Of course, even in America with its law and order, citizens-as-kings system, you can go around rules if there is money – tons of it.
Many postings on Sowore’s website, truth be told, must rankle the President as well as others concerned but it is my opinion that having websites shut down would not achieve any positive purpose because the site(s) then become even more popular. Technology has gone far beyond what most in my generation – not to talk of the President’s – can imagine.
I believe Nigerian people need answers to these questions being asked not only on the web but also by millions at gatherings and in newspapers all over Nigeria. The President will silence Sowore and others if he comes out and answers questions being asked in Nigeria as well as by a group known as Nigeria Anti-Corruption Collective. This is important in view of the importance this administration has placed on fighting corruption. And a young lawyer who is difficult to reach for interviews should not be our President’s idea of a retainer to fix things for him.
Here are a few pickings from the website:
- OBJ et al are at pains because they cannot close you down. The only sad thing is that they are dipping into our national coffers to fight the truth. …
- The homeland affidavit is very interesting … when they talk about buying tractors for Obj’s farms. … If Obasanjo Farms wants to import tractors or Andy Uba wants to buy a car, why should they carry cash of $170k on the presidential jet: Don’t they know how to use the international banking system? … Alamco had $1m cash … What about the bank account with Uba’s name? Is he not a public servant …
- Under “Obasanjo, Beachland Estate and Unbridled Corruption”, an essayist asked: “Where did he get the money to build that massive estate”?
- Who owns Ajaokuta Steel Mills, Delta Steel Complex, Jos Steel Rolling Mills, Osogbo Machine Tools and Itakpe Iron Ore? … largest shareholder in UBA? Who bought out the shares of Akeem Bello-Osagie and threatened him with arrest and imprisonment? … largest shareholder in First Interstate Bank Ltd before the merger into Unity Bank? …owns the majority shares in Virgin Nigeria? … gave the airline special facilities at the international wings of our airports at the cost of N400 million? Why does Virgin Nigeria not pay parking and landing fees, and purchase aviation fuel at a discount … If not, why did Transcorp purchase almost the entire NITEL for $750 million when GLOBACOM bidded $1.2 billion for the same property? Vmobile sold a fraction of its shares for $1.2 billion.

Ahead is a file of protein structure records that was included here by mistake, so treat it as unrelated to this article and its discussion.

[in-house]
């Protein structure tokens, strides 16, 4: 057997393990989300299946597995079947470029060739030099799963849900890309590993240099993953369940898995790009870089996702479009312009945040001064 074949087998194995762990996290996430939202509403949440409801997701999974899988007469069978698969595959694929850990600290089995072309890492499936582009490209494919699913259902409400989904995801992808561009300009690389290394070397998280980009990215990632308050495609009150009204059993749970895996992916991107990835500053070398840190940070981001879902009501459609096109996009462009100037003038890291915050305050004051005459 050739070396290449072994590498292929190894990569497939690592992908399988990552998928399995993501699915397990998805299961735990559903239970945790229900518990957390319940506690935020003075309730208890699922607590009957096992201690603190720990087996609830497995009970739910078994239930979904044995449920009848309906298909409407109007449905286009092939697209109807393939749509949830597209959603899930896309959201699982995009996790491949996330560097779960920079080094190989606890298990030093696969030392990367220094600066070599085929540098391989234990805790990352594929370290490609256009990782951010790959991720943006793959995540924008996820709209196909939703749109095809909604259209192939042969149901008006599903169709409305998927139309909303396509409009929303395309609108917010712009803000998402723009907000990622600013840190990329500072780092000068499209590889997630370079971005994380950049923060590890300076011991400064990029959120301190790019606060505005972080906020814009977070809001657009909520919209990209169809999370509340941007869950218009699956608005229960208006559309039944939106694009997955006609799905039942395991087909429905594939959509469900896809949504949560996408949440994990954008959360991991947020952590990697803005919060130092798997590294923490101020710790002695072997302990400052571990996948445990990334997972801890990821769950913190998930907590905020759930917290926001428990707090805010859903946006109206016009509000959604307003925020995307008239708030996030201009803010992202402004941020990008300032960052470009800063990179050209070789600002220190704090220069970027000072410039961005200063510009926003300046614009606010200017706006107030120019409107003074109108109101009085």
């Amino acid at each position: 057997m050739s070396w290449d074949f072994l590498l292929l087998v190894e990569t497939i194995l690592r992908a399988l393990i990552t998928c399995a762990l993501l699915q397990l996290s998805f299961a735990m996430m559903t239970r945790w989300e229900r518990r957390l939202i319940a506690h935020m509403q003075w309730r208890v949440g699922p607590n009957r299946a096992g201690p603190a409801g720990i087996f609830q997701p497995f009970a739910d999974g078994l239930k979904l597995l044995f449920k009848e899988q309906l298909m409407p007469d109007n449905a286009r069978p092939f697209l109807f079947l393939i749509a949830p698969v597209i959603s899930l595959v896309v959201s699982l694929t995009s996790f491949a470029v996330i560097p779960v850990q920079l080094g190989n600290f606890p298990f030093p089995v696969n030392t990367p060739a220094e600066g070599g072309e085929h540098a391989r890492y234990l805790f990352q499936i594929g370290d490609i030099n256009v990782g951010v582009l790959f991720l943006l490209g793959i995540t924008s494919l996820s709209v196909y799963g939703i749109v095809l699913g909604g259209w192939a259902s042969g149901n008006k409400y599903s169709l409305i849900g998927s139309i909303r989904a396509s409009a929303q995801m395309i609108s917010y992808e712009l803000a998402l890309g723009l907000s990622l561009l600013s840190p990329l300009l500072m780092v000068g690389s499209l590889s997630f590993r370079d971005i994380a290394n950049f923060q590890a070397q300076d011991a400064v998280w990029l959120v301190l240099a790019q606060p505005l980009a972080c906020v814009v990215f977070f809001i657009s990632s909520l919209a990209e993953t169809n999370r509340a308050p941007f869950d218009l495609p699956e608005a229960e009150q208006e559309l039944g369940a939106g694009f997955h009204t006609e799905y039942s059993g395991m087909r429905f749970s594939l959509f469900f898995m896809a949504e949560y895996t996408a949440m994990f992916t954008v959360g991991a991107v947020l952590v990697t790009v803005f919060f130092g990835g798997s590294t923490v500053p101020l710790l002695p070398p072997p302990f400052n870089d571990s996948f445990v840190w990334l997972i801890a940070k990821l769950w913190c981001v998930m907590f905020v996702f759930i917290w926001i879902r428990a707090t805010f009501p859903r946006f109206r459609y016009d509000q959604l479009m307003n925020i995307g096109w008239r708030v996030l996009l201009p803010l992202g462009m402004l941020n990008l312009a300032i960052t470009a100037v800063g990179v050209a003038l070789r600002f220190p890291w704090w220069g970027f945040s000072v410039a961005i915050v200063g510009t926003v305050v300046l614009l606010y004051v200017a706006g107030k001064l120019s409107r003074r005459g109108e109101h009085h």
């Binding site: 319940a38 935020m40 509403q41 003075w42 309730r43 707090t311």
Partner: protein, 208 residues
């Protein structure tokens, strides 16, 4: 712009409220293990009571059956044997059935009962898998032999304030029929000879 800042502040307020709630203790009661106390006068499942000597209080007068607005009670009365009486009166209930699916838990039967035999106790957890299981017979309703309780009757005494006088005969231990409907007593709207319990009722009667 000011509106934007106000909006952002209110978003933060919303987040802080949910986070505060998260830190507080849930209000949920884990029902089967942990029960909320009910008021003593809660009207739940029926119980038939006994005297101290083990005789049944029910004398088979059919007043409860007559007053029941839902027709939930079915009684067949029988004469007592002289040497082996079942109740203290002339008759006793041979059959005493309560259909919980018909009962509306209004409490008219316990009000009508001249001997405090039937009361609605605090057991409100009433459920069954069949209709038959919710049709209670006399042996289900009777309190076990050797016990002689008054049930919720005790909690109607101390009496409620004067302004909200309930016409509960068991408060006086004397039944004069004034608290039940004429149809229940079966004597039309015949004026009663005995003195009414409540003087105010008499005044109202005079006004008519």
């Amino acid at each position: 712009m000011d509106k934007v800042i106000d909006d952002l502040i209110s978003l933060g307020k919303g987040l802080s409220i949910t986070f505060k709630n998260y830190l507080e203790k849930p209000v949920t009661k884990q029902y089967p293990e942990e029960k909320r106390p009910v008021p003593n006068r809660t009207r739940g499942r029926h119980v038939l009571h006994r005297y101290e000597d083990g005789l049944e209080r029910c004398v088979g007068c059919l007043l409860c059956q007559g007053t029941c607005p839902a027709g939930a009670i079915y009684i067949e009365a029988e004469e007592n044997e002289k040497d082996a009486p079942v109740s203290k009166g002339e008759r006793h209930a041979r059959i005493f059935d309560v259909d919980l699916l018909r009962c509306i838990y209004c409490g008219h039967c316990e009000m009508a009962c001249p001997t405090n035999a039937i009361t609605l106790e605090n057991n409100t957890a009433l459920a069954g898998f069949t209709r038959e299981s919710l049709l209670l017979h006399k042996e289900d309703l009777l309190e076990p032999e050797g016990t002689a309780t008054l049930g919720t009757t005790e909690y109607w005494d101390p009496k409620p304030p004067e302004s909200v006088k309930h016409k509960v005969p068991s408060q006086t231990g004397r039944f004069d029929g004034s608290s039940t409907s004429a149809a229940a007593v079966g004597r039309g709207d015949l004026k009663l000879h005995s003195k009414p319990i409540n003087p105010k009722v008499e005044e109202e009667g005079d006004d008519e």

- … This one man operates six farms in six states … source of the funds for these massive investments? What is the deal between this one man with the owner of Mittal of India? Why the hurry in granting Block 246 [oil license] to the Indian conglomerate?
- … who is the real owner of Obajana cement factory? … Eleme Petrochemicals? … the largest shares in Arik Air? Why did the government sell the Nigeria Airway Hanger to this airline not through bidding …?
On the website, there are also contributions from other writers on different topics, including one by that straighter-than-an-arrow son of Professor Sam Aluko, Professor Bolaji Aluko of Washington, D.C. He narrated “How I got my INEC Registration Card in Nigeria”, a hilarious even if sad piece on how he had to drive from place to place in his Gbonyin Local Government of Ekiti to get registered. His story is an indictment of the INEC as well as the bribe-taking men of the Police Force he encountered while in Nigeria. Like MOST Nigerians, I do not believe that INEC can come to any good in spite of the high-sounding pronouncements of Prof. Iwu.
If nothing sinister is being planned, why can’t Nigerians use the same registration cards they had from earlier election? How can the registration of under ten million in a country of over a hundred million yield an electoral result that is fair?